Cycle Time (shot to shot)

Single Shot mode
Large/Fine JPEG

1.11 seconds

Time per shot, averaged over a few frames.

Single Shot mode
RAW + L/F JPEG

1.38 seconds

Time per shot, averaged over a few frames.

Early shutter
penalty?

No

Some cameras don't snap another shot if you release and press the shutter too quickly in Single Shot mode, making "No" the preferred answer.

Continuous mode
Large/Fine JPEG

0.24 second (4.22 frames per second);
50+ frames total;
2 seconds to clear*

Time per shot, averaged over 50 shots with no signs of slowing.

Continuous mode
RAW

0.25 second (3.95 frames per second);
4 frames total;
4 seconds to clear*

Time per shot, averaged over 4 shot buffer capacity, then slowed to an average of 0.96s or 1.04fps when buffer was full.

Continuous mode
RAW + Large/Fine
JPEG

0.25 second (4.00 frames per second);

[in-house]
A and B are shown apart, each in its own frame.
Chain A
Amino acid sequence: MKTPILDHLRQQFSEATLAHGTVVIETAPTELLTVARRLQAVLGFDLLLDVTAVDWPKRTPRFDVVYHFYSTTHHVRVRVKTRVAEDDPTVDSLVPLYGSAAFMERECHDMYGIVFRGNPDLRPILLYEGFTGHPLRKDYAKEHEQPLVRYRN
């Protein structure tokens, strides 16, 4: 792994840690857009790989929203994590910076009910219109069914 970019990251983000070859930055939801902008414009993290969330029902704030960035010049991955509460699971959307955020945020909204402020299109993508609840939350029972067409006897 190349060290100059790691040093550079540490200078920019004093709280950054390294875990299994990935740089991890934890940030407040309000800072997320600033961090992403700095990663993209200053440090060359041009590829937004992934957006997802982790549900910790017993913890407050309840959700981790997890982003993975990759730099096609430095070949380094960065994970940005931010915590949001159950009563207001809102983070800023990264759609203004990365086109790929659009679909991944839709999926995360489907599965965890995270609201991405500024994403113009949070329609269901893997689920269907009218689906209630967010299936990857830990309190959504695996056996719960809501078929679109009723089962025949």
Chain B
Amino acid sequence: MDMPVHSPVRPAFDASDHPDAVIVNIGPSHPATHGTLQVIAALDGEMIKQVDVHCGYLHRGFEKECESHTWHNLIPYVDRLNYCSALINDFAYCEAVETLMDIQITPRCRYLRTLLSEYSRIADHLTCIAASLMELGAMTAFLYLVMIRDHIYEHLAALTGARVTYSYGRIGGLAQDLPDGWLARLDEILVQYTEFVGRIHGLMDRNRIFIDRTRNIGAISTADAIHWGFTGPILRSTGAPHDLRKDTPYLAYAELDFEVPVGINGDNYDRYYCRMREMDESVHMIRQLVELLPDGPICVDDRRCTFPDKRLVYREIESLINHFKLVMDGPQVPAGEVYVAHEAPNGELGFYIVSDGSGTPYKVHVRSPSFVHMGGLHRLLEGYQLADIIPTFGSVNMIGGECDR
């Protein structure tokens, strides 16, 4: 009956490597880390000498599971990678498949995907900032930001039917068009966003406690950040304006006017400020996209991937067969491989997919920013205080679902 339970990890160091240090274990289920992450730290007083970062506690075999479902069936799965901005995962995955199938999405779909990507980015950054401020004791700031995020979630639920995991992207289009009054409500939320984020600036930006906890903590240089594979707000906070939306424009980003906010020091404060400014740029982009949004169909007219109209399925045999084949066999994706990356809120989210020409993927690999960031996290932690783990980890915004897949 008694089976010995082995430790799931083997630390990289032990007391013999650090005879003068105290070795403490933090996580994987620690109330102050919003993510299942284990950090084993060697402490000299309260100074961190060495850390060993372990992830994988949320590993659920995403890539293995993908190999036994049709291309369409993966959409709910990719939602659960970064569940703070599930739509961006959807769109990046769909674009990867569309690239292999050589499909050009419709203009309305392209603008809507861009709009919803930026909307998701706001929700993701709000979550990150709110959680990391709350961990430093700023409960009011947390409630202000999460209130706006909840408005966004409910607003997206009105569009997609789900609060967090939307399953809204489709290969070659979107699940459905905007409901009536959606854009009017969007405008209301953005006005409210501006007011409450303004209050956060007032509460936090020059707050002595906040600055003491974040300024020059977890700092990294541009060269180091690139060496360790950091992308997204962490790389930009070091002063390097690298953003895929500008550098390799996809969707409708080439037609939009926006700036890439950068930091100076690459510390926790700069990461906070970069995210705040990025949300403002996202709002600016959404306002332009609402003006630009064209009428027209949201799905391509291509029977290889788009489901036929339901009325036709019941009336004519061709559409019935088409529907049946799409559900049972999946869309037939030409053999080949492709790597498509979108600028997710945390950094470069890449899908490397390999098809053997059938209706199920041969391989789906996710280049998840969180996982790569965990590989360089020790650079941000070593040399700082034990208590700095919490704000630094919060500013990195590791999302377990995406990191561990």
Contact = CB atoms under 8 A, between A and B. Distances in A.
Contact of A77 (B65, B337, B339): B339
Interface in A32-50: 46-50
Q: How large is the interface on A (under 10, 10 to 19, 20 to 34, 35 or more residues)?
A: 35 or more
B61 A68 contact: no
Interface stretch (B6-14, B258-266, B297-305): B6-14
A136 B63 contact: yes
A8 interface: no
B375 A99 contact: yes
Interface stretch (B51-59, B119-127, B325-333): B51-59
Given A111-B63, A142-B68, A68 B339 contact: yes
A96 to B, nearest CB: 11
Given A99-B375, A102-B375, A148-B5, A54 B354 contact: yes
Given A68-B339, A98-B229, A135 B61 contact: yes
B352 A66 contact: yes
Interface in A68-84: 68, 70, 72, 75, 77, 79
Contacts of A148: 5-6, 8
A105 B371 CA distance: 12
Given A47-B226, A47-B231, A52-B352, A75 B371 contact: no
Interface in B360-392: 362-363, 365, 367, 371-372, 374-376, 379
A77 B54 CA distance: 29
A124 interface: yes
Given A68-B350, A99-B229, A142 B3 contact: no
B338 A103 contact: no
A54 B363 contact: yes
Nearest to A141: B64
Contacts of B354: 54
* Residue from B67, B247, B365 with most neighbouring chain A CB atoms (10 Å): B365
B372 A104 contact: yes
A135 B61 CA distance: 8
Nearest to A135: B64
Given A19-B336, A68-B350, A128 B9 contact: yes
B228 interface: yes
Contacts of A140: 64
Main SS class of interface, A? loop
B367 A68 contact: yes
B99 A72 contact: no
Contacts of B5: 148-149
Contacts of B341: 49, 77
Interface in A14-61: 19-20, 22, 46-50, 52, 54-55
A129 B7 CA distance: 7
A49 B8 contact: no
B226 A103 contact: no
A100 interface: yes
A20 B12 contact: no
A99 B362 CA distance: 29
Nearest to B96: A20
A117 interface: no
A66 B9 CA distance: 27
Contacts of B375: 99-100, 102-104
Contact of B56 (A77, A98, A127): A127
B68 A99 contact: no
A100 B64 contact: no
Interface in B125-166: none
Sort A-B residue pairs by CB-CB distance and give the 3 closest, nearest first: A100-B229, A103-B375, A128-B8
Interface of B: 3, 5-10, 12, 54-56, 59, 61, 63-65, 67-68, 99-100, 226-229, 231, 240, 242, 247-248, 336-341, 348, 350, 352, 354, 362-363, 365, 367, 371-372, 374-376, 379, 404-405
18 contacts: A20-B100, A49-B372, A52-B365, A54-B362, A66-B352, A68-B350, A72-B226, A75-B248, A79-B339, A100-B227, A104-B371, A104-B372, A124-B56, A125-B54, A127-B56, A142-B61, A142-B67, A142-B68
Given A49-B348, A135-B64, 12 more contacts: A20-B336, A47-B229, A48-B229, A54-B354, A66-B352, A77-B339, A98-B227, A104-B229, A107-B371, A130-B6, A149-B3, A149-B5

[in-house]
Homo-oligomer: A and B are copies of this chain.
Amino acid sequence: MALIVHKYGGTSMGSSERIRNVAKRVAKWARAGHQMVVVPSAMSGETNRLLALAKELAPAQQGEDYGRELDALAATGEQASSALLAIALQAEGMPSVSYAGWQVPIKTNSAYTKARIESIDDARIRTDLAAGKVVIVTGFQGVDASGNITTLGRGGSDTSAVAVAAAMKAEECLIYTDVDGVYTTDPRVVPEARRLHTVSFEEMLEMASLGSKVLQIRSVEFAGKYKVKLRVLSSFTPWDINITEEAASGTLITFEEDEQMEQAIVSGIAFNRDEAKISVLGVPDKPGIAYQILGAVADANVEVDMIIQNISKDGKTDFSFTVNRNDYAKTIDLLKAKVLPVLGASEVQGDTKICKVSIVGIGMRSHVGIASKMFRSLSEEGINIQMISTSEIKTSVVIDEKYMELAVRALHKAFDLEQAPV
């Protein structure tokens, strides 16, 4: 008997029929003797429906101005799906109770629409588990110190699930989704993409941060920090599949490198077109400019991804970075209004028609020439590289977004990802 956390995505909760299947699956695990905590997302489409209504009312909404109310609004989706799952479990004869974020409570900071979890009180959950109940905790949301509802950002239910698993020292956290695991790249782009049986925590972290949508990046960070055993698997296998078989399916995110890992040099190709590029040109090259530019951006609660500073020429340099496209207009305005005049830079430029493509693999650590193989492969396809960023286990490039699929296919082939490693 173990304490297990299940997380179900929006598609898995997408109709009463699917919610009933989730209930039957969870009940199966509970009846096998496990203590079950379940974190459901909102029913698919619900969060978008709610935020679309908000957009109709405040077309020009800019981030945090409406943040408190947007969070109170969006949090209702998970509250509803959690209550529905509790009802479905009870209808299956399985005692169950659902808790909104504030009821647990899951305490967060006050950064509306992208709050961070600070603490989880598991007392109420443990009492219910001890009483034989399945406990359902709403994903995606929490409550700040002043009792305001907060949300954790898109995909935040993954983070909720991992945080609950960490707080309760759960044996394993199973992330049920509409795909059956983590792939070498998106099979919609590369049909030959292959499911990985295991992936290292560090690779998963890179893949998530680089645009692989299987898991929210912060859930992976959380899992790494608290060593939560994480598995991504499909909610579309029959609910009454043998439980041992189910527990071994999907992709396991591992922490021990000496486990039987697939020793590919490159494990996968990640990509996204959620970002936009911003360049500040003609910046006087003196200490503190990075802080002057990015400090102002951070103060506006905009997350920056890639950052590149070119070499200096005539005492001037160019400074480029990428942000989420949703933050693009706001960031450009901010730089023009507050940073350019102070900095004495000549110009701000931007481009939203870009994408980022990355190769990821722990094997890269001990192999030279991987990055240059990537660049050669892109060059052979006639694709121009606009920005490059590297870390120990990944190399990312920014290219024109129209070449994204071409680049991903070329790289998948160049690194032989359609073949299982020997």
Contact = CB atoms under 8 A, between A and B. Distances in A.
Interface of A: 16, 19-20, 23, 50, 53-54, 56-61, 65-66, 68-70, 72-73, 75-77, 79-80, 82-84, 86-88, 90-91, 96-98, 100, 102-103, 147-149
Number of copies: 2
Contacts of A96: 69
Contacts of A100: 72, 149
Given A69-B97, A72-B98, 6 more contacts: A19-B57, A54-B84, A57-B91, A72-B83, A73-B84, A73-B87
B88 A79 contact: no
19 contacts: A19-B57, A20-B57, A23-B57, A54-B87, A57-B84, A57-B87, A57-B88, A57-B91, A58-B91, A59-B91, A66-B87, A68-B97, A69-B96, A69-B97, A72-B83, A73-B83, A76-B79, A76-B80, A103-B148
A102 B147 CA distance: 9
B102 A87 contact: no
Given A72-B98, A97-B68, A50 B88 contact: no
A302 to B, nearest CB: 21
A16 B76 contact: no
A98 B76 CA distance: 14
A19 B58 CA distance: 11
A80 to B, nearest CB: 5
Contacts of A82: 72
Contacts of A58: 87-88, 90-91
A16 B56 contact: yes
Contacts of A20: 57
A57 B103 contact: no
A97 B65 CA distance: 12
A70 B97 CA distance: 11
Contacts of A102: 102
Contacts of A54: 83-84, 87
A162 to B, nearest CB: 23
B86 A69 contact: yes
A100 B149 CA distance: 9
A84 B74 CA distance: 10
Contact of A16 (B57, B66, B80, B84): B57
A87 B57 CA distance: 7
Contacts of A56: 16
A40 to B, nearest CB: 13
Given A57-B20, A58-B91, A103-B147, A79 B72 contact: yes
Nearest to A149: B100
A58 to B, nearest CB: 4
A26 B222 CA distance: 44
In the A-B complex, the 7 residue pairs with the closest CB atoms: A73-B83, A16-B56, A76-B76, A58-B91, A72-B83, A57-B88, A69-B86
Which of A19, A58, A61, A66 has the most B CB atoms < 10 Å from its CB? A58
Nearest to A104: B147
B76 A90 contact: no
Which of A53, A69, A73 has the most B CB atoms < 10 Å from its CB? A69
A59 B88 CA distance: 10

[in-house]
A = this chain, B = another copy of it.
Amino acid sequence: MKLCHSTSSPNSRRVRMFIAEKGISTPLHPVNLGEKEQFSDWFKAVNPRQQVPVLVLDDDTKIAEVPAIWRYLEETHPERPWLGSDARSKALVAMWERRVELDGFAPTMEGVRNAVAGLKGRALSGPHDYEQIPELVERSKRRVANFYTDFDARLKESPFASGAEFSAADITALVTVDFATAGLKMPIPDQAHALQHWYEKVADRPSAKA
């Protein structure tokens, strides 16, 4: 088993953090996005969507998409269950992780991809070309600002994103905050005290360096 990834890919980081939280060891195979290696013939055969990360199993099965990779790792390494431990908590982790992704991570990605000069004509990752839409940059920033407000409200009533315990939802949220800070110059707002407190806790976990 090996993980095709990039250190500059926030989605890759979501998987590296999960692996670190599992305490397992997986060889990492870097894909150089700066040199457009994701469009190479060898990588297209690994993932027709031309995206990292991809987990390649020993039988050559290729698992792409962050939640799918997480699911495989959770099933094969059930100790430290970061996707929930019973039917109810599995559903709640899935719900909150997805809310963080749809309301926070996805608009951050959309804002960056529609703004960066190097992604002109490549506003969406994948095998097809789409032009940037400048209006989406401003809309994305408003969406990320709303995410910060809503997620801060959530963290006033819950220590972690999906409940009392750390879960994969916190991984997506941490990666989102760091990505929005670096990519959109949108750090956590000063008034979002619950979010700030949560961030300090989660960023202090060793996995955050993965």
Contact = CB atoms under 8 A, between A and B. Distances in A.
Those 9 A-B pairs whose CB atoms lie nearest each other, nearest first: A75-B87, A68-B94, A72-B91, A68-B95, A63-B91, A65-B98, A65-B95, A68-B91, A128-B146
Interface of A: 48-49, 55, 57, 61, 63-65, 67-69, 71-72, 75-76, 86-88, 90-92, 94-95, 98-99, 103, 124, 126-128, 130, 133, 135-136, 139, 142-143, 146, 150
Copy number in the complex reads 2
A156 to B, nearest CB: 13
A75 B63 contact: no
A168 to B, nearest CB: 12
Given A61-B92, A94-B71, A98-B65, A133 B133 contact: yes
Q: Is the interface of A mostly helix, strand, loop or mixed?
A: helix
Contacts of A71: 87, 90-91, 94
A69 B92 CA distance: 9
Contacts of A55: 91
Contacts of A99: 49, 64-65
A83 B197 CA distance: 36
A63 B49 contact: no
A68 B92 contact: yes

4 frames total;
4 seconds to clear*

Time per shot, averaged over 4 shot buffer capacity, then slowed to an average of 092s or 1.09fps when buffer was full.

Flash recycling

3.5 seconds

Flash at maximum output.

*Note: Buffer clearing times measured with a SanDisk Extreme Pro 95MB/s UHS-I SDHC card. Slower cards will produce correspondingly slower clearing times. Slow cards may also limit length of bursts in continuous mode. ISO sensitivity and noise reduction settings can also affect cycle times and burst mode performance.

Single-shot cycle times were on the slow side, taking about 1.1 seconds for best quality JPEGs, and about 1.4 seconds for RAW+ L/F JPEG files, however that's an improvement over the EOS M's 1.9 and 2.3 seconds respectively. (Note that we no longer test single-shot mode with just RAW files, as the results are usually somewhere in between JPEG and RAW+JPEG modes.)

Full-resolution continuous mode speeds were also slow by today's standards, at about 4.2 frames-per-second for best quality JPEGs, and just a bit slower at about 4 frames per second for RAW and RAW+L/F JPEG files. That's about the same burst speed as the EOS M, but keep in mind the M3's slightly larger 24-megapixel files.